If someone asks me to recommend the best three books related to the Second World War and the horrors of the holocaust, this book will be one among them. Viktor Emil Frankl was an Austrian Neurologist and Psychiatrist. He was also a Holocaust survivor. This book describes his experiences in concentration camps in the first section and the logotherapy he developed for finding meaning in all forms of existence during the suffering in the second section. My favorite three lines from this book If someone asks me to recommend the best three books related to the Second World War and the horrors of the holocaust, this book will be one among them. Viktor Emil Frankl was an Austrian Neurologist and Psychiatrist. He was also a Holocaust survivor. This book describes his experiences in concentration camps in the first section and the logotherapy he developed for finding meaning in all forms of existence during the suffering in the second section. My favorite three lines from this book. “Those who have a 'why' to live, can bear with almost any 'how'.” "But there was no need to be ashamed of tears, for tears bore witness that a man had the greatest of courage, the courage to suffer." “I do not forget any good deed done to me & I do not carry a grudge for a bad one.” The way the author recalls all the events is simply brilliant. The hardships he faced in the concentration camp will indubitably shock you. I always wondered how he was able to survive three years in four concentration camps when I can't even think about living there for a single day. This is one of the most challenging books I read in my life so far. But I reread this book once in a while to remind me of the importance of hope and how it can help a human being to overcome one of the most harrowing experiences that humankind has ever witnessed on this planet. This is one of those books that everyone in this world should read at least once in their lifetime.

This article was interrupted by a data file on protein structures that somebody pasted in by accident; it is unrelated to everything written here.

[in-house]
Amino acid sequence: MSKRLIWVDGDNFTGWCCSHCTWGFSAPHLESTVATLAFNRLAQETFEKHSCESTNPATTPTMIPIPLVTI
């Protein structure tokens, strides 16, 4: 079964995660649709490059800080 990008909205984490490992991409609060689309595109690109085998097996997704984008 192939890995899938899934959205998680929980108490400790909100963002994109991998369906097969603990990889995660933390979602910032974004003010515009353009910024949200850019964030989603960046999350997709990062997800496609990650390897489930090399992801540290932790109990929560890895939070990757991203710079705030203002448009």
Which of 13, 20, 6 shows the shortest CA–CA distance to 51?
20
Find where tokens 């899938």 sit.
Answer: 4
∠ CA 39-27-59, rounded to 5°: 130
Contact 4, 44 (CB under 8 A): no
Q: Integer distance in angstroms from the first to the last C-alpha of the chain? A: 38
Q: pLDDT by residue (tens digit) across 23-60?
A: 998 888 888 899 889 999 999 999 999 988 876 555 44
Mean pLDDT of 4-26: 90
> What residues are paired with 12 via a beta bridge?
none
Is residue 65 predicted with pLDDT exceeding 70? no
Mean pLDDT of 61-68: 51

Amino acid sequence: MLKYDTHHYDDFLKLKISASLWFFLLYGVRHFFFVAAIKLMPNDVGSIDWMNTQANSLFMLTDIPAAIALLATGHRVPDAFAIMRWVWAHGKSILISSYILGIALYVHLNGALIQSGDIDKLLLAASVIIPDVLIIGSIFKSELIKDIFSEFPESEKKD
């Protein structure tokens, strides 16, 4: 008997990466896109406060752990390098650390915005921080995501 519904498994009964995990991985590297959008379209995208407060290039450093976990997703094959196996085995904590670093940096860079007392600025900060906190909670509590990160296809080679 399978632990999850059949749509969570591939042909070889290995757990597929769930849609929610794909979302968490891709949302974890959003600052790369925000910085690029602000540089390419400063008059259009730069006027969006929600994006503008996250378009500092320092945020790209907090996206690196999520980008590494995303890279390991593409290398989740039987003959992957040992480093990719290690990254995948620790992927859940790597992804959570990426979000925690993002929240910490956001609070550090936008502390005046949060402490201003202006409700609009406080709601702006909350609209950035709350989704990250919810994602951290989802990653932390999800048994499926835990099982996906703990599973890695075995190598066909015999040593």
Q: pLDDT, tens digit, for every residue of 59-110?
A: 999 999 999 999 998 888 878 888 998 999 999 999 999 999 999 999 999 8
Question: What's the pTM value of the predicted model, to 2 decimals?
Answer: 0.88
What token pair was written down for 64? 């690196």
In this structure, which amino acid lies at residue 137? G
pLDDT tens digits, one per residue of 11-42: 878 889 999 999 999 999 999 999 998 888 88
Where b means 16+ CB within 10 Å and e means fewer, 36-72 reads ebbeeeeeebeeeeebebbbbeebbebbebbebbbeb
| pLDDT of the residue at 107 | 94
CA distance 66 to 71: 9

9. 4 out of 5

    Tadiana ✩Night Owl☽